Zoledronic acid

I haven't posted on here since last year, when my mum was diagnosed with GCA. Since then it's been a stressful journey for her, with little support from healthcare professionals, seemingly due to their lack of knowledge of the condition. I've used this site for information for my mum regularly, so thank you all for that.

My mum is currently on 16/17mg of prednisone , although rheumatologist said this week that he's surprised as he thought she'd be down to 10mg by now! At no point did he take into account how her symptoms increased when she reduced. Apparently, she MUST, be down to 10mg when he sees her again in 12weeks. Incidentally, when she said she'd read a book about PMR/GCA (Kate Gilbert's) he said she shouldn't be reading about her condition???

She's had really hideous side effects from the bisphosphonates, sometime losing 2 days, feeling nauseous and dizzy. She hasn't taken the tablet for two weeks and the consultant has suggested her having an infusion of Zoledronic acid which has to be given in hospital.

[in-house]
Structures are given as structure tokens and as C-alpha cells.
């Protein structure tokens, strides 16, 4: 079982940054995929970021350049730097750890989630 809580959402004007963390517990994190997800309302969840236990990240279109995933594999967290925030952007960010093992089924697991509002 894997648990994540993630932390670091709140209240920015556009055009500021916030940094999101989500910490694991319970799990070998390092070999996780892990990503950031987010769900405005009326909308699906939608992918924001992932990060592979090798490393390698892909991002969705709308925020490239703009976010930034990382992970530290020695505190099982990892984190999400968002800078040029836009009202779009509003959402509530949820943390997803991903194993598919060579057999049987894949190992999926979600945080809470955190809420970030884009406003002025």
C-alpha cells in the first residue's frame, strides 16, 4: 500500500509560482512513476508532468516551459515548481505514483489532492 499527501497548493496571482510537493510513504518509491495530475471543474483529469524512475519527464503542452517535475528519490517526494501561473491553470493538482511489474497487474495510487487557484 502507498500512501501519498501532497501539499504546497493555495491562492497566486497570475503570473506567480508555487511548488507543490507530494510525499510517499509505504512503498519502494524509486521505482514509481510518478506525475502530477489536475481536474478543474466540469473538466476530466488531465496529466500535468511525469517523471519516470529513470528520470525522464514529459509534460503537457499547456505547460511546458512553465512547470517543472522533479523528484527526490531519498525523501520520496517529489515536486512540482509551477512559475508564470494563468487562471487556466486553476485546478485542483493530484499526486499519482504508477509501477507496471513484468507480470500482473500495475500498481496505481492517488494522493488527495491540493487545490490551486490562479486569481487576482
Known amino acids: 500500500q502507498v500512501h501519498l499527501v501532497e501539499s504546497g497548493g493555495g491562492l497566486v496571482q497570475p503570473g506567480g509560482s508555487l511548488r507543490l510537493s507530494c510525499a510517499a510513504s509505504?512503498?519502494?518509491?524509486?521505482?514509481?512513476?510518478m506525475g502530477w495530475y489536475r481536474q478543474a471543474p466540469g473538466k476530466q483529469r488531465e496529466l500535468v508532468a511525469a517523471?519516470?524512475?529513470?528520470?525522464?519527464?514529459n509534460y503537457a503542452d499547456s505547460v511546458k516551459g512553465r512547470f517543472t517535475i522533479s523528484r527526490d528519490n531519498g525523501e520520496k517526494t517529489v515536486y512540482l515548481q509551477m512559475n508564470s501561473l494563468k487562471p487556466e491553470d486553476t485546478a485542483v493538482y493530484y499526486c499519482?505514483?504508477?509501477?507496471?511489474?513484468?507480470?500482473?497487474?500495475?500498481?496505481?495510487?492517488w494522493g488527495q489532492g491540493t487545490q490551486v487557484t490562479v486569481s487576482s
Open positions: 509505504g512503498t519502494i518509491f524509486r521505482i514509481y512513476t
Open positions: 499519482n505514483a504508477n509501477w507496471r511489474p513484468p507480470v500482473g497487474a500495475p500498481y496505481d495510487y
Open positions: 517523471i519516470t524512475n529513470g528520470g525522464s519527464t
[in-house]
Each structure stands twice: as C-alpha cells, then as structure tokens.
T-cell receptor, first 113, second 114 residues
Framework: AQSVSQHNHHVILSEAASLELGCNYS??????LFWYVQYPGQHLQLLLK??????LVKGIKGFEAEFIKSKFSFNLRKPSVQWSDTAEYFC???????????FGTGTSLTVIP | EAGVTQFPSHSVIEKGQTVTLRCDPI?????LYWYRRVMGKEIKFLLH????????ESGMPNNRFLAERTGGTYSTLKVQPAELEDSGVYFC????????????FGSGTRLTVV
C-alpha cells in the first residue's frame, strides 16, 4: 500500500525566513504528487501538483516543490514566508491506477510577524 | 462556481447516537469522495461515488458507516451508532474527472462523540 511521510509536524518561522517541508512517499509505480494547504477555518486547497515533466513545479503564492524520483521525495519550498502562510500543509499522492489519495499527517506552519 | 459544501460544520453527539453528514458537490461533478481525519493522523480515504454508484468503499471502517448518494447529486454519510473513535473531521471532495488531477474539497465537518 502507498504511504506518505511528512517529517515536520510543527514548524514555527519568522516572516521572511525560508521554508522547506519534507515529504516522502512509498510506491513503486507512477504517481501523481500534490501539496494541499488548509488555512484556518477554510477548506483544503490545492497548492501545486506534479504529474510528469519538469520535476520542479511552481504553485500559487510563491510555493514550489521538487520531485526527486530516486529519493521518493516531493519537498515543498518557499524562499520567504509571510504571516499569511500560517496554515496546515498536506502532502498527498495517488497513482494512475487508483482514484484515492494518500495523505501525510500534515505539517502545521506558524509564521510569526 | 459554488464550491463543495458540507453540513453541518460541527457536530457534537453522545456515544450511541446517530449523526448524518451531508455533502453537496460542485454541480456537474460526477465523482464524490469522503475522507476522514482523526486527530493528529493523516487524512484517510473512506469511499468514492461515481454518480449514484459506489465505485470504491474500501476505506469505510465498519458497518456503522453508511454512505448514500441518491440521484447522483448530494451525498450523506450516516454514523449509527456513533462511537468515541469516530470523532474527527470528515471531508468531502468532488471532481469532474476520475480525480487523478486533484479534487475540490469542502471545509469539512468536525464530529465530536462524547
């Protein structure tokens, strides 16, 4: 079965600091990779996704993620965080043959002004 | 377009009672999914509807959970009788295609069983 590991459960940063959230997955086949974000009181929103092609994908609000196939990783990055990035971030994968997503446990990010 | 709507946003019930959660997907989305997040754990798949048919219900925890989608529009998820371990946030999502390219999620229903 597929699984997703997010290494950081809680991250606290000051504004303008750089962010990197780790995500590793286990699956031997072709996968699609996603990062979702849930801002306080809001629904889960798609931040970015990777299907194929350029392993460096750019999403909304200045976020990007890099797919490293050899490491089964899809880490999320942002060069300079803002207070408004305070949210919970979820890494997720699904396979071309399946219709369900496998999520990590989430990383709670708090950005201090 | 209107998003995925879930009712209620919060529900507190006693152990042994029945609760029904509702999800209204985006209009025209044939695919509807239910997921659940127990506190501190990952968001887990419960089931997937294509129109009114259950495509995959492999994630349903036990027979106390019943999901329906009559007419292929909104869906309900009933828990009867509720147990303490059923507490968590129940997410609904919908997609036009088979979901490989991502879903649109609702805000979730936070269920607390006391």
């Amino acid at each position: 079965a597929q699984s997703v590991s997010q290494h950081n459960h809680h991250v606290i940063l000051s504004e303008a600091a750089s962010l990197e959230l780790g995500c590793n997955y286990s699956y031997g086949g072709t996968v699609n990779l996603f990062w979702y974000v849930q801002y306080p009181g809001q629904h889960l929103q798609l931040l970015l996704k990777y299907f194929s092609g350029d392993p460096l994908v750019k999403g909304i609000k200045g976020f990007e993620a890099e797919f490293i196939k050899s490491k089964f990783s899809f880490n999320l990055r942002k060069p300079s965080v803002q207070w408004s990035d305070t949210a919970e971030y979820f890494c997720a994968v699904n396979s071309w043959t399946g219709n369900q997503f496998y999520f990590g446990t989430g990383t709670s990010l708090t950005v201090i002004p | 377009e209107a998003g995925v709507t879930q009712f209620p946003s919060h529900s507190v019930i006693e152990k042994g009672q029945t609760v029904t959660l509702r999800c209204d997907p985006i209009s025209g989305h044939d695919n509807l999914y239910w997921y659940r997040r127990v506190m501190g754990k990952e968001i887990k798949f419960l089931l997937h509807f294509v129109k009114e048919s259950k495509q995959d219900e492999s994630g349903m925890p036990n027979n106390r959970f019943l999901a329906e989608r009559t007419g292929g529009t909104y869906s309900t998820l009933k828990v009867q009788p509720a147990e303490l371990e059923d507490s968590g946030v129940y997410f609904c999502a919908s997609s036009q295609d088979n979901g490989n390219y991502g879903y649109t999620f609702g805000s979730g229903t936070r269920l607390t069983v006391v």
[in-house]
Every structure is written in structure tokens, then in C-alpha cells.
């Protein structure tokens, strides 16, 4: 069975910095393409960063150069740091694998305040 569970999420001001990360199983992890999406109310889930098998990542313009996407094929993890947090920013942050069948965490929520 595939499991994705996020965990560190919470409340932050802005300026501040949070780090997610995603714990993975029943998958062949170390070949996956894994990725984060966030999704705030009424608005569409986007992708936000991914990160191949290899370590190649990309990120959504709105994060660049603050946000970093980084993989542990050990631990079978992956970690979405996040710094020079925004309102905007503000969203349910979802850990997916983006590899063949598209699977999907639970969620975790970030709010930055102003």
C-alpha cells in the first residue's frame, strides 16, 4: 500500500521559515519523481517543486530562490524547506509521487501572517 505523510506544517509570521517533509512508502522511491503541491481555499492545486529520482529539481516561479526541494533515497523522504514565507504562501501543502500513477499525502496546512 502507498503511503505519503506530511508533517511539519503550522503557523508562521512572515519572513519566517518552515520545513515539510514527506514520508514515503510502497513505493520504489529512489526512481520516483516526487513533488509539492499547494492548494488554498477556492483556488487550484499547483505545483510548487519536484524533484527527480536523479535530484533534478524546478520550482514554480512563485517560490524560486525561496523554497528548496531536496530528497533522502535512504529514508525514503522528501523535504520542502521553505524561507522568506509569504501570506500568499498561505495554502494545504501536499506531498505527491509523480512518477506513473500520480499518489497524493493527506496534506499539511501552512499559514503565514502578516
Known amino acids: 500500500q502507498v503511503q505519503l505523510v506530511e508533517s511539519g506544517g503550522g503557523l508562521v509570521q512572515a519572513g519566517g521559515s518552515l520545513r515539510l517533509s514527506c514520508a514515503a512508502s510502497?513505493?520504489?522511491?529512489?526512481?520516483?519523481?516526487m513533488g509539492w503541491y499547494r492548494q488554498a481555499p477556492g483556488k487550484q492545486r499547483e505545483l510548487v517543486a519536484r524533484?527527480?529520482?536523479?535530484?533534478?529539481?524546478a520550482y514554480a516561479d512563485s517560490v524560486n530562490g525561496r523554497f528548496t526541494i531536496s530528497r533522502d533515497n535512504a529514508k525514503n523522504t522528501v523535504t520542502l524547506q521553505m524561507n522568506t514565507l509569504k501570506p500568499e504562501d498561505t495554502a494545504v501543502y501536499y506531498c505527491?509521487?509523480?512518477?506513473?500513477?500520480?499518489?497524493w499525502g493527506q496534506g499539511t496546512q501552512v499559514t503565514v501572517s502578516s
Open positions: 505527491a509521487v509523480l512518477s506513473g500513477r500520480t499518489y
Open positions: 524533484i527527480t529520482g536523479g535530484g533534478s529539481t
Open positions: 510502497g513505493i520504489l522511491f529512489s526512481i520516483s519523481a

My mum's quite concerned about having yet another drug, and the potential side effects of this and I wondered whether anyone on here had any experience of it. Apparently, it will last a year.

Also, has anyone else lost their sense of smell? My mum hasn't been able to smell anything for a few weeks. She forgot to mention it to the rheumatologist, I think because she was quite upset at his attitude. She still won't let me attend her appointments with her ... Too worried that I'll lose my temper, I think!

Thank you in advance for any information you might have 😀

19 Replies